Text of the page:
Medication saved Heather’s life
Chapter 1 A deadly inheritance
Heather Evans was frozen, dead in her tracks as a sharp pain came down her throat. A tingling sensation ran through her arm, as she heard a flushing in her ear. But the pain was gone as soon as it came. A few days later, she had two heart attacks within hours of each other.
“A paramedic told me I coded, twice,” Heather recalls. “I asked him what that meant. He said, ‘Technically, you died.’” In that moment, all that went through her mind was staying alive and strong for her five-year-old son, Skyler.
This was 2004, when Heather was 39. Her sister, Anne, already had a heart attack at 36. It turned out to be more than coincidence. Heather and her seven siblings learned that their genes put them at high risk of coronary artery disease.
Since then, heart disease has taken the lives of four of her sisters and one brother.
Today that reality dominates Heather’s life. She is constantly checking on her two remaining siblings, who also live with heart disease. And to stay healthy, she takes care with her diet, eating lots of vegetables. She quit smoking and works out several times a week (it helps that she works as general manager of a GoodLife gym). Plus Heather takes many prescription medications.
In May, Heather found herself breathless. For the first time in 10 years, she asked her staff at the gym to clear up the weights, rather than do it herself.
Heather pushed to have an angiogram and learned she had major blockages in four arteries and needed quadruple bypass surgery. There were complications during the operation. “The doctors told my son, ‘It’s up to your mom. There’s nothing more we can do.’”
Heather says Skyler, now 22, was her driving force to get through it all. She admitted it was hard mentally, especially after losing her sister only a few months earlier.
“Sadly, you are always thinking about death.… I was afraid of going to sleep and never waking up again.”
Heather (centre, back) with a few of her siblings. Three in this photo have died of heart disease.
Heather and her son, Skyler after her open-heart surgery.
Chapter 2 The struggle to pay for medication
Heather’s health challenges are complicated by diabetes as well as a diagnosis of bladder cancer in 2015. All three conditions required medication. At times she has faced drug costs over $1,000 a month. And before she began her current job, she had no medical coverage
To cover her prescriptions, Heather had to scrimp on fresh groceries, buying cheaper options like canned soups and macaroni and cheese. At times she relied on free drug samples from the doctor at her local clinic.
“Sometimes they did not have samples. It was terrifying having to wait for my medication. My life literally depends on it.”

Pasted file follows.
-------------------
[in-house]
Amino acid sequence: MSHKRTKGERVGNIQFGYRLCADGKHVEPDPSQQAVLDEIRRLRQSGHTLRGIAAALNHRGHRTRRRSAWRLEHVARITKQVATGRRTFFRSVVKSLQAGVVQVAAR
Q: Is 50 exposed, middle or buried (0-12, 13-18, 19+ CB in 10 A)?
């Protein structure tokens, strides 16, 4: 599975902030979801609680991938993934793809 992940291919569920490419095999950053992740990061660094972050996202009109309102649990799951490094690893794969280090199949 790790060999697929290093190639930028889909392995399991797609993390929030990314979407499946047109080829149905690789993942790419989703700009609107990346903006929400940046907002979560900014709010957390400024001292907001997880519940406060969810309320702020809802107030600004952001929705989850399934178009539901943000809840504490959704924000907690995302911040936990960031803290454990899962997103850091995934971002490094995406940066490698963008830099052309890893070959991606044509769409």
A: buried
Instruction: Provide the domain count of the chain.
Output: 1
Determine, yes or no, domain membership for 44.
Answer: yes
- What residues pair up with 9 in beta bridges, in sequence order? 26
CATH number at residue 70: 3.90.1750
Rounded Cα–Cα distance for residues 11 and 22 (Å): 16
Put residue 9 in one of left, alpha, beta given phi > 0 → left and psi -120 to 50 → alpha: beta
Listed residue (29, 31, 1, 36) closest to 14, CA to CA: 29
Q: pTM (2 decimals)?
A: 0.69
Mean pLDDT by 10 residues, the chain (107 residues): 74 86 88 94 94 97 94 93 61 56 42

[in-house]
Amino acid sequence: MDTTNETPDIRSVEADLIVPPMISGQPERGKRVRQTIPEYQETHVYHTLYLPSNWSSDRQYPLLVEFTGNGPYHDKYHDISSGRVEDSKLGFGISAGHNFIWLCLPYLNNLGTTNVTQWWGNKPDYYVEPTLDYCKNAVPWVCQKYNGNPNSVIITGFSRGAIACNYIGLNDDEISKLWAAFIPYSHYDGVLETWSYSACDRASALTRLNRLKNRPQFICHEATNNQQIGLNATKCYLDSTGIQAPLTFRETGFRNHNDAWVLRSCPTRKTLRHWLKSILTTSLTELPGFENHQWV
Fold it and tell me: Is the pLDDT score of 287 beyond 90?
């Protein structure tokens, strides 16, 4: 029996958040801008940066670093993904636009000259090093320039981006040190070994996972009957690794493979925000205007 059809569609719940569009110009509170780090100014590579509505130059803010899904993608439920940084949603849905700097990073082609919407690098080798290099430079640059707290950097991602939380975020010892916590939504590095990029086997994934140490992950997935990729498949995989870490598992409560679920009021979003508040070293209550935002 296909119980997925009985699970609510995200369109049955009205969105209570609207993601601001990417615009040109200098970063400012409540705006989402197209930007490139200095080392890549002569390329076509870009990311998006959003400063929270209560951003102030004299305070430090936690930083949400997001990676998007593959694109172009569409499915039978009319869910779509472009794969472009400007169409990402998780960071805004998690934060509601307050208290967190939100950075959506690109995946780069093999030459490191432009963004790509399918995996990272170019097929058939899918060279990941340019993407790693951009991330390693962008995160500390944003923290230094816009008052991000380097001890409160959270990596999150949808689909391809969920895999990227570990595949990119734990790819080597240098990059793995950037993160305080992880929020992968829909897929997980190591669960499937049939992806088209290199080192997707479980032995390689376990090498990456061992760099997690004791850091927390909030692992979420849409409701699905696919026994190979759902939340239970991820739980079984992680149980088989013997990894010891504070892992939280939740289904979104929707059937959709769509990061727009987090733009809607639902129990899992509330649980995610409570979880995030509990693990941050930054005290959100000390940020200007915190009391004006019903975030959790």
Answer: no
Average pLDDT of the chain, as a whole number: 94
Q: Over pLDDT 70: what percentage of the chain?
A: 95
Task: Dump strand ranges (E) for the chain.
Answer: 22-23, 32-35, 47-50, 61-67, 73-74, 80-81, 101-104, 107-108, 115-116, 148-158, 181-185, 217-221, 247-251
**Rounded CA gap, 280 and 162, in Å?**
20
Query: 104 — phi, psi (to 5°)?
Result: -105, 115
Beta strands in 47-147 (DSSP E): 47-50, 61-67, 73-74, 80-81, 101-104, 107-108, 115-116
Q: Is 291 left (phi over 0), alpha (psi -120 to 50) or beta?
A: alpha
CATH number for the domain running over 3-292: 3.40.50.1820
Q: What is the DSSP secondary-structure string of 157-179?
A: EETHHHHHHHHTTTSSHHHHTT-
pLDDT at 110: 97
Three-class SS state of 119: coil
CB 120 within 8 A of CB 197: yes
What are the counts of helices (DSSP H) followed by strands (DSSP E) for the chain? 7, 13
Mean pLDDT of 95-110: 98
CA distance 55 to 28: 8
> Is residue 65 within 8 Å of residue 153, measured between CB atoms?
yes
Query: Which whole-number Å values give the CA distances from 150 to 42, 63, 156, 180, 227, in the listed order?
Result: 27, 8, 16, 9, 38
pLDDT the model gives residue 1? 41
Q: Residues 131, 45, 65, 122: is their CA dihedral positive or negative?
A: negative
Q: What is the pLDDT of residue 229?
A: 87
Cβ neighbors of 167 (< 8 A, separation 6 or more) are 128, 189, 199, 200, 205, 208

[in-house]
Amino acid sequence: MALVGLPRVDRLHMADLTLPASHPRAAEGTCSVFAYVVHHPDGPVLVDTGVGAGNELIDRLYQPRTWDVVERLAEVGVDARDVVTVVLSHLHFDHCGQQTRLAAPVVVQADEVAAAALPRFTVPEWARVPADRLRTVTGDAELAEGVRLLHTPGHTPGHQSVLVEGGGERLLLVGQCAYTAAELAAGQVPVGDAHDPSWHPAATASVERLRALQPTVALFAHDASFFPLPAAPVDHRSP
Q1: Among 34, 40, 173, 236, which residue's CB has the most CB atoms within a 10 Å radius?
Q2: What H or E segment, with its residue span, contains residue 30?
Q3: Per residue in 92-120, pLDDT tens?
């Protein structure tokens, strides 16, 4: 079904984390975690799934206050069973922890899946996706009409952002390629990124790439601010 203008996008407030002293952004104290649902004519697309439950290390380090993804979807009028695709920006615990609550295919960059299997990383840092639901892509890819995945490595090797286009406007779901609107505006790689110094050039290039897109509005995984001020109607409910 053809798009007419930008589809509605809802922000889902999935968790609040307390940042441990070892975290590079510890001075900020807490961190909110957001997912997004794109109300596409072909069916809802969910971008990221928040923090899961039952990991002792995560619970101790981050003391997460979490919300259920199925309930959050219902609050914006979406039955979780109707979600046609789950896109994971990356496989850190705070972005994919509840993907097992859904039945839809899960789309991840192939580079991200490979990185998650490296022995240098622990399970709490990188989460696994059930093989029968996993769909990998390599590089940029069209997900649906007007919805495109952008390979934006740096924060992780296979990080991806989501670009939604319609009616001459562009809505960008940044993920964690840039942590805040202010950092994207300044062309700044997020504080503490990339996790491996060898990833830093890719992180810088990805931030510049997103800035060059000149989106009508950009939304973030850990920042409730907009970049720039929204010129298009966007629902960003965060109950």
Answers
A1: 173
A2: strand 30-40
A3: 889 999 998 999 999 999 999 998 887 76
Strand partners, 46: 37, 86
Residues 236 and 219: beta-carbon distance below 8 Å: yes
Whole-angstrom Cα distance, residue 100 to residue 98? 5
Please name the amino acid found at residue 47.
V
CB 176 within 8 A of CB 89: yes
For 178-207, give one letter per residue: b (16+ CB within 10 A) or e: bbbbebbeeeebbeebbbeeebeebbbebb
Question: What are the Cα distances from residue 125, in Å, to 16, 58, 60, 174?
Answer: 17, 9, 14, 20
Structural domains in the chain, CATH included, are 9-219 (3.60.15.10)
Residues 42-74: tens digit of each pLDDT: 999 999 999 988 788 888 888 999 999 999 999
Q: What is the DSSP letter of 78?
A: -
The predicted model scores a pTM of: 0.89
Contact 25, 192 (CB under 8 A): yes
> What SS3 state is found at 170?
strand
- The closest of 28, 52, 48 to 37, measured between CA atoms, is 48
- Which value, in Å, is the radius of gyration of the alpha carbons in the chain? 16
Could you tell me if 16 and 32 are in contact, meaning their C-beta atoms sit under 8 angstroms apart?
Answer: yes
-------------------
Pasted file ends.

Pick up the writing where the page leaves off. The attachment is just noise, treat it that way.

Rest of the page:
Today, Heather takes 23 pills and an injection every day to manage her heart condition, diabetes, blood pressure and cholesterol. One of her medications (Repatha), a trial drug for cholesterol, would normally cost $46,000 per year.
Heather is grateful that her employee benefits cover her medications today. But she can’t help thinking of others who are not as fortunate. “I am blessed to have coverage now, but there are so many people who do not. It is heartbreaking and it is not fair.”
Now, with the current pandemic, people are losing their jobs and medical coverage. For Heather, this fear lingers. “Nothing in life is guaranteed, but medication should be guaranteed. Your life depends on it.”
Heather’s pharmacy provides this organizer to help her manage the 23 pills she takes every day.
Heather having a cup of tea after her open-heart surgery.
Heather on the treadmill six months after her bypass surgery.
Chapter 3 Fighting for pharmacare
Heather is 56 now and in remission after having the tumor in her bladder removed. “The open-heart surgery has definitely weakened my body. But I still go to work and work 12 hours every day. And I’m not going to stop. I am here today because of physical activity, a healthy diet and my medication.”
She believes that for people living with a disease, medication should be the least of their concerns. “There’s got to be something that government can do to make these prescriptions affordable for people, so they can live,” she stresses. She supports Heart & Stroke’s campaign to convince the federal government to establish a universal pharmacare program.
“Pretend it is your loved one without money to buy medication,” Heather says. “I am here to tell you that you would be willing to move mountains if it was someone you loved who could not get the medication they needed.”